'Iron Fist' stumbles, fails to establish a distinct identity

NOSELL

Netflix

 

Sunday, March 19, 2017 - 5:35pm

Over the past half-decade, superheroes have come to dominate Hollywood. With ten superhero films released from 2015 to 2016, and another 25 slated for release through 2020, there doesn’t appear to be an end in sight for comic-book franchises Marvel and CAPCOM. The latest entry into this superhero universe comes in the form of Netflix’s “Iron Fist,” a television adaptation of the comic-book series of the same name. Slow and lacking a clear direction, “Iron Fist” struggles to develop an identity and craft an entertaining plot capable of exciting viewers.

In the series, protagonist Danny Rand (Finn Jones, “Game of Thrones”) returns to his previous home in New York City after spending 15 years training in martial arts. There, Rand discovers that the business his father co-founded, Rand Corporation, is now ran by his father’s unscrupulous former business partner, and he sets out to regain control of his family’s legacy. “Iron Fist” is held back by its meandering storyline, which is to blame for the show’s sluggish pace. Seemingly intent on portraying even the most granular, uninteresting details of Rand’s life, the series gives off a leisurely feel, as if it doesn’t care to condense anything. Toward the end of the show’s premiere, in one of the strongest examples of this quality, “Iron Fist” devotes a whole scene to depicting Rand meeting a homeless man named Big Al (Craig Walker, “The Cobbler”) and using his phone to read a news story covering the death of his parents 15 years prior. Becauase he was on the plane crash with his parents, Rand is already aware of their death, and this – coupled with the fact that Big Al later dies in the episode – makes the entire scene feel utterly unnecessary. By subjecting audiences to these meaningless bits of Rand’s life, “Iron Fist” reveals that it has little idea of the type of show that it wants to be.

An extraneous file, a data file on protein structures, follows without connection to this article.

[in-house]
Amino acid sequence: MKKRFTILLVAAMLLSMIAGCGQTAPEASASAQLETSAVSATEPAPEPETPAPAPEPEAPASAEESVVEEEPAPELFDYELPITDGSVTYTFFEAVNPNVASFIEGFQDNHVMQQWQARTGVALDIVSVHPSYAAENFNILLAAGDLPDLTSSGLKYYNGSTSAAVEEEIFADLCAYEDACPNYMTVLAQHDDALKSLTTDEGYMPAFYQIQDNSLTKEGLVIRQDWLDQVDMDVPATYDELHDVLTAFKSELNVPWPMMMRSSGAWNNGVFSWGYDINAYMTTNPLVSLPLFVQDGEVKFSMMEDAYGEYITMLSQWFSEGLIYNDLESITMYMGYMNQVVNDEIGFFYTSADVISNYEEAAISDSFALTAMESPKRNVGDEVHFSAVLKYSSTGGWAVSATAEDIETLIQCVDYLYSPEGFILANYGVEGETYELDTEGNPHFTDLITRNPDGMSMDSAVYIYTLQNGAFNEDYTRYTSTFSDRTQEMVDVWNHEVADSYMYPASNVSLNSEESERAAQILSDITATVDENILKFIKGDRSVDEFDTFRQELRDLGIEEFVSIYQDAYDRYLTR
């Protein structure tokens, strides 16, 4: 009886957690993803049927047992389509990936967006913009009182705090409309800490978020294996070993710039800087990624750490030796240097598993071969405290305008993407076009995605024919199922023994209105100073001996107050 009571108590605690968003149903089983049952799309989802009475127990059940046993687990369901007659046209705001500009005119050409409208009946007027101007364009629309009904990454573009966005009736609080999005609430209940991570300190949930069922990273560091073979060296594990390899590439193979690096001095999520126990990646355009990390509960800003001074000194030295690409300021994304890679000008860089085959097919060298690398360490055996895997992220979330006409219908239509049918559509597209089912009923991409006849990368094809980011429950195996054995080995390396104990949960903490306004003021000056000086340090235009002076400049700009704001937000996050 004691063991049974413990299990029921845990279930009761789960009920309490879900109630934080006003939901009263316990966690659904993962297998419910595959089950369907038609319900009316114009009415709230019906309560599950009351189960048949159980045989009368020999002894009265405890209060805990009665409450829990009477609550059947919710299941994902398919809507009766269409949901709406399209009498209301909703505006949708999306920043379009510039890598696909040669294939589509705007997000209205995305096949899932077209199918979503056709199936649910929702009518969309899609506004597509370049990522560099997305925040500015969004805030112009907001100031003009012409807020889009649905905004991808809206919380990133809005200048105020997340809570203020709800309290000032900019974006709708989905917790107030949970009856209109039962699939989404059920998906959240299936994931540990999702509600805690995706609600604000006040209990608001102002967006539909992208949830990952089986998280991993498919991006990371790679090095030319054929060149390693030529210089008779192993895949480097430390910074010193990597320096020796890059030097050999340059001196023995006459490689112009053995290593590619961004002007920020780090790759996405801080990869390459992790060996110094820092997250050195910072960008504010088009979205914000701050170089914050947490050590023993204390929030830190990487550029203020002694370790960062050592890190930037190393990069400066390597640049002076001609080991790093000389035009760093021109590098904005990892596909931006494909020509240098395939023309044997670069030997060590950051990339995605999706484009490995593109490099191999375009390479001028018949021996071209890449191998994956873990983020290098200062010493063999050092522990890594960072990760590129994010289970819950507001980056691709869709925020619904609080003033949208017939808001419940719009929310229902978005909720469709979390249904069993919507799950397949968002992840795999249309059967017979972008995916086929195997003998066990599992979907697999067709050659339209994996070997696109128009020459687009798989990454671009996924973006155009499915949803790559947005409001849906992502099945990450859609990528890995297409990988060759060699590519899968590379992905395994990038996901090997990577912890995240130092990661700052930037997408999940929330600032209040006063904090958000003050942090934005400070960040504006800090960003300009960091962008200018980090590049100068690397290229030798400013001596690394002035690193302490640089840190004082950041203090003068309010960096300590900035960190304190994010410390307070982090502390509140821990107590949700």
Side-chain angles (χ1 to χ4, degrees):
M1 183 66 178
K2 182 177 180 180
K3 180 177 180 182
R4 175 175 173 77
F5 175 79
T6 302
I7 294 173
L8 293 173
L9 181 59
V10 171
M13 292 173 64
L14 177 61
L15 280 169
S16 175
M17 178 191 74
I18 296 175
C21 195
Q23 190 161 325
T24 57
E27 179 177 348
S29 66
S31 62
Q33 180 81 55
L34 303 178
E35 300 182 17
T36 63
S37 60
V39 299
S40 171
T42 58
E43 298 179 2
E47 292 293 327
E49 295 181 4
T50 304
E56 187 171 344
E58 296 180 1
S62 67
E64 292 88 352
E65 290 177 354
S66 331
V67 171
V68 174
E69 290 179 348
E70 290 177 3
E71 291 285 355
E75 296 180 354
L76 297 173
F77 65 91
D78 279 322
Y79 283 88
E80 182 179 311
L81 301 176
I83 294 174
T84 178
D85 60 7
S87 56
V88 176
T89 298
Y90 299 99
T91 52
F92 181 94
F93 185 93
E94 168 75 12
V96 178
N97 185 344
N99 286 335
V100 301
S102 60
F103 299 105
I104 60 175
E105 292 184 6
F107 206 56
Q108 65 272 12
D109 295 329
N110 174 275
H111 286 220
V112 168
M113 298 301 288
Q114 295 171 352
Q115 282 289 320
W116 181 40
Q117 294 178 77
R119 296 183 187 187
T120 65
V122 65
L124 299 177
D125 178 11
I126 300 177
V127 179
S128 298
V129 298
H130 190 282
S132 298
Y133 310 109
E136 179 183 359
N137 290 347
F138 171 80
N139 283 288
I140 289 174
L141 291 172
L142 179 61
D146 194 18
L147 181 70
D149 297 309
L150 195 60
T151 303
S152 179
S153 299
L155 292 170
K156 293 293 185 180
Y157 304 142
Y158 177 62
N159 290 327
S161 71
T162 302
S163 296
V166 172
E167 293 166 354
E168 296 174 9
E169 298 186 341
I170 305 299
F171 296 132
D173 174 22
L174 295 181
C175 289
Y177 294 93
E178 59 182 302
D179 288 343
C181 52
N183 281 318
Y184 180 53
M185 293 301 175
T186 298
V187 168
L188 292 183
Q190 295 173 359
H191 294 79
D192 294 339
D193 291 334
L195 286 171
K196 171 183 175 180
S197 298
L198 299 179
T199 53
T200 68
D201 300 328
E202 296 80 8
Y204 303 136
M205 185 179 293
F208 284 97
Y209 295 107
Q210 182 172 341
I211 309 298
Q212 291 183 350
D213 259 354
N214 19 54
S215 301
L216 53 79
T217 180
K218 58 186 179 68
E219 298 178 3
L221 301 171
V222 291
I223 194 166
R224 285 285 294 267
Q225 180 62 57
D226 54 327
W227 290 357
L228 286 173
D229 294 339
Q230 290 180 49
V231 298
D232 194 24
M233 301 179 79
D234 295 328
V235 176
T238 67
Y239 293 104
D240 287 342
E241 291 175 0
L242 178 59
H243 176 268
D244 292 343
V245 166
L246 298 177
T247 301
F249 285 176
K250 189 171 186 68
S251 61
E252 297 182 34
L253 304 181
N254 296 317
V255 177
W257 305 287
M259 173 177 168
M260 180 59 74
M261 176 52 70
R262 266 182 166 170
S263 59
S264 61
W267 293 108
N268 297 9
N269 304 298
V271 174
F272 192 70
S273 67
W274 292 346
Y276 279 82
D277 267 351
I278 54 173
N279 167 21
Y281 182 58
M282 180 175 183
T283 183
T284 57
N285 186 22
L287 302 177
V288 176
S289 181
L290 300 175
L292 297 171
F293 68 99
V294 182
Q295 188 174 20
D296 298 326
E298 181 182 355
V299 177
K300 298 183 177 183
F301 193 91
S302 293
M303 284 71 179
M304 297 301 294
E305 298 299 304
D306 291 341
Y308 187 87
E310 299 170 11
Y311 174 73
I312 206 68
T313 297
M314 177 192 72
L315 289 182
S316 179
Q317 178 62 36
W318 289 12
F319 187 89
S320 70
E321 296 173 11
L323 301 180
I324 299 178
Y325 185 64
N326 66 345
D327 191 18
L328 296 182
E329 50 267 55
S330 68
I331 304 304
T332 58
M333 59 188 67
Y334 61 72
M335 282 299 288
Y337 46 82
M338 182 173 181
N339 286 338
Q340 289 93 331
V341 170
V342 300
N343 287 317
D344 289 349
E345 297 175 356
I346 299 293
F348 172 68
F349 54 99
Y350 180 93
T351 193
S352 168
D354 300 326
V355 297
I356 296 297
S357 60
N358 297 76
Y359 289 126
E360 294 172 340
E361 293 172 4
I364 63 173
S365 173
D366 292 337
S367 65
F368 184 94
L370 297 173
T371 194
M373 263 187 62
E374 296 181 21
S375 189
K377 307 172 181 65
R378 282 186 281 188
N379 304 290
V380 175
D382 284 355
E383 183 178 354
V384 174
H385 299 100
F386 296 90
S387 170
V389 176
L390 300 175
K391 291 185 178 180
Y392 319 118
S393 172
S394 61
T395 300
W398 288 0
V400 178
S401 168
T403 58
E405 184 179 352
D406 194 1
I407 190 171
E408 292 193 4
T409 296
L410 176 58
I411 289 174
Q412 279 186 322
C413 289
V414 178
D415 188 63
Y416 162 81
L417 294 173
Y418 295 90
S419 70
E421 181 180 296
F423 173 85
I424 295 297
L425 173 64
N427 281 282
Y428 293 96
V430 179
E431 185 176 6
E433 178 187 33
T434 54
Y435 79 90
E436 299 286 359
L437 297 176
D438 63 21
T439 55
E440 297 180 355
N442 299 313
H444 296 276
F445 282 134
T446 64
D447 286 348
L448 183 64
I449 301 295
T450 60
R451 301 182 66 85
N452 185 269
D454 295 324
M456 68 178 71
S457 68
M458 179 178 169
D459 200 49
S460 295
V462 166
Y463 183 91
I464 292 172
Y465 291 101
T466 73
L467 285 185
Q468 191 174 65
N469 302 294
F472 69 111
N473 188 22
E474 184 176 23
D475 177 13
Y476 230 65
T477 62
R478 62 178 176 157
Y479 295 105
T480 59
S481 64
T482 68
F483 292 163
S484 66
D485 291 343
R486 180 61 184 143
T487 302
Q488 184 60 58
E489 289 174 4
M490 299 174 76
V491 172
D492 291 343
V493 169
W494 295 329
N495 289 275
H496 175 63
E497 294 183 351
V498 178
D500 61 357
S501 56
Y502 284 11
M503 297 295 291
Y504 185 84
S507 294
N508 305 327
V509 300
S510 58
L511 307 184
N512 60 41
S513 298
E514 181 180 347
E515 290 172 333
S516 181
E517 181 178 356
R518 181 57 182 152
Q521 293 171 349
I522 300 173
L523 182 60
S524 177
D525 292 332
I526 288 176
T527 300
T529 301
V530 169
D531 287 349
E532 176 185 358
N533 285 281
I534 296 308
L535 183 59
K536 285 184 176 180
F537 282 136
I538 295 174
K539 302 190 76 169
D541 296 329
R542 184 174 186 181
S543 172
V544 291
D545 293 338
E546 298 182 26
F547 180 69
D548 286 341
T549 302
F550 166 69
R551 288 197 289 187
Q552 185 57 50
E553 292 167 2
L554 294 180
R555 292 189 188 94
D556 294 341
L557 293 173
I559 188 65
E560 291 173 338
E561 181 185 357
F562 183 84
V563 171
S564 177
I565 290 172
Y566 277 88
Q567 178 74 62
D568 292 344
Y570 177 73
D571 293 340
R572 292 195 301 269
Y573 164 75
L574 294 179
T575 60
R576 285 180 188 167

Along with its lack of identity, “Iron Fist” suffers from writing that often spoon-feeds the plot to viewers. Despite its gradual pacing, the series constantly works to ensure that its storyline is clear, oftentimes becoming overly transparent. Ostensibly, the show perceives itself as confusing, and hopes to avoid audiences developing a similar sense. In an almost-comically bad instance of “Iron Fist” spoon-feeding viewers, Rand is attacked by the same menacing security guard, Shannon (Esau Pritchett, “The Narrows”), who he fought earlier in the episode. After disarming the guard, Rand loudly professes: “You’re the security guard from Rand [Corporation]” to identify Shannon for viewers, but then asks him “Who sent you?” not five-minutes later. Such lines effectively kill “Iron Fist” ’s momentum and further dilute the show’s quality by preventing audiences from experiencing its storyline naturally.

Throughout its marketing materials for “Iron Fist,” Netflix made a concerted effort to highlight Jones’s role as Rand in the series. As the poster-boy for the show, Jones’s performance was used as one of the selling points for “Iron Fist,” especially given Jones’ strong work on “Game of Thrones.” While Jones certainly isn’t the weakest link of the series’s cast, he doesn’t deliver a particularly impressive or meaningful performance, and he does little to distinguish Rand among Marvel’s growing roster of superheroes. Unfortunately, Jones’s slightly above-average interpretation of Rand represents the best of the show’s cast, with Jessica Stroup (“Prom Night”) and Tom Pelphrey (“Banshee”) disappointing as a brother-sister antagonist duo. Even Jones’s former “Game of Thrones” co-star, Jessica Henwick (“Star Wars: The Force Awakens”), is emotionally-restrained in her role. This cast should be better, and it will have to improve to keep audience members’ engaged with the series.

It’s not all bad for “Iron Fist.” The show’s cinematography is well-done and includes several gorgeous shots of New York City that portray “Iron Fist” ’s diverse backdrop. Avoiding the typical cliché sweeping shots of the Empire State Building or the city skyline, these scenes attempt to highlight the city’s underbelly and the different sides of New York. It’s an interesting take, one that serves to almost revitalize and rebrand a city that has been featured in countless superhero films and shows alike.

While the show may be visually-appealing, “Iron Fist” ’s struggles with plotline and pacing remain, looming large over a series that, in its current form, doesn’t inspire viewers to return beyond the poorly-executed pilot.